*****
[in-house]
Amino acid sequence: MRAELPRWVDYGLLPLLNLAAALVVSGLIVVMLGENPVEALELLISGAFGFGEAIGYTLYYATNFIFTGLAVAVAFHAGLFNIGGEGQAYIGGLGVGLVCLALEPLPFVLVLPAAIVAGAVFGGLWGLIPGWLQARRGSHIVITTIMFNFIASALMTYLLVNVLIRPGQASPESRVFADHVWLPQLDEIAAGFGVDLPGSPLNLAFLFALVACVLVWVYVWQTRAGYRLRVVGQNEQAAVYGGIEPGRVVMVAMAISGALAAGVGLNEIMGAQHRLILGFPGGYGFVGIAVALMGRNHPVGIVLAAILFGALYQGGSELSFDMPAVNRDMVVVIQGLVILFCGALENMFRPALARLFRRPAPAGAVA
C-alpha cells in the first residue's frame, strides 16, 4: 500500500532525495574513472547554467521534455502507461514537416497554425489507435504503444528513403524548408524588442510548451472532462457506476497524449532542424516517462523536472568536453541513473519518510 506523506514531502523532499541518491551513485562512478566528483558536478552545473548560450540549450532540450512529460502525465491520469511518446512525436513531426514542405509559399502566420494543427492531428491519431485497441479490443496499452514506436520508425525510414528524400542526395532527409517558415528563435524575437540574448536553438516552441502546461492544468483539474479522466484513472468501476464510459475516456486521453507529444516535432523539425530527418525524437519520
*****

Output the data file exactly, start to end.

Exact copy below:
[in-house]
Amino acid sequence: MRAELPRWVDYGLLPLLNLAAALVVSGLIVVMLGENPVEALELLISGAFGFGEAIGYTLYYATNFIFTGLAVAVAFHAGLFNIGGEGQAYIGGLGVGLVCLALEPLPFVLVLPAAIVAGAVFGGLWGLIPGWLQARRGSHIVITTIMFNFIASALMTYLLVNVLIRPGQASPESRVFADHVWLPQLDEIAAGFGVDLPGSPLNLAFLFALVACVLVWVYVWQTRAGYRLRVVGQNEQAAVYGGIEPGRVVMVAMAISGALAAGVGLNEIMGAQHRLILGFPGGYGFVGIAVALMGRNHPVGIVLAAILFGALYQGGSELSFDMPAVNRDMVVVIQGLVILFCGALENMFRPALARLFRRPAPAGAVA
C-alpha cells in the first residue's frame, strides 16, 4: 500500500532525495574513472547554467521534455502507461514537416497554425489507435504503444528513403524548408524588442510548451472532462457506476497524449532542424516517462523536472568536453541513473519518510 506523506514531502523532499541518491551513485562512478566528483558536478552545473548560450540549450532540450512529460502525465491520469511518446512525436513531426514542405509559399502566420494543427492531428491519431485497441479490443496499452514506436520508425525510414528524400542526395532527409517558415528563435524575437540574448536553438516552441502546461492544468483539474479522466484513472468501476464510459475516456486521453507529444516535432523539425530527418525524437519520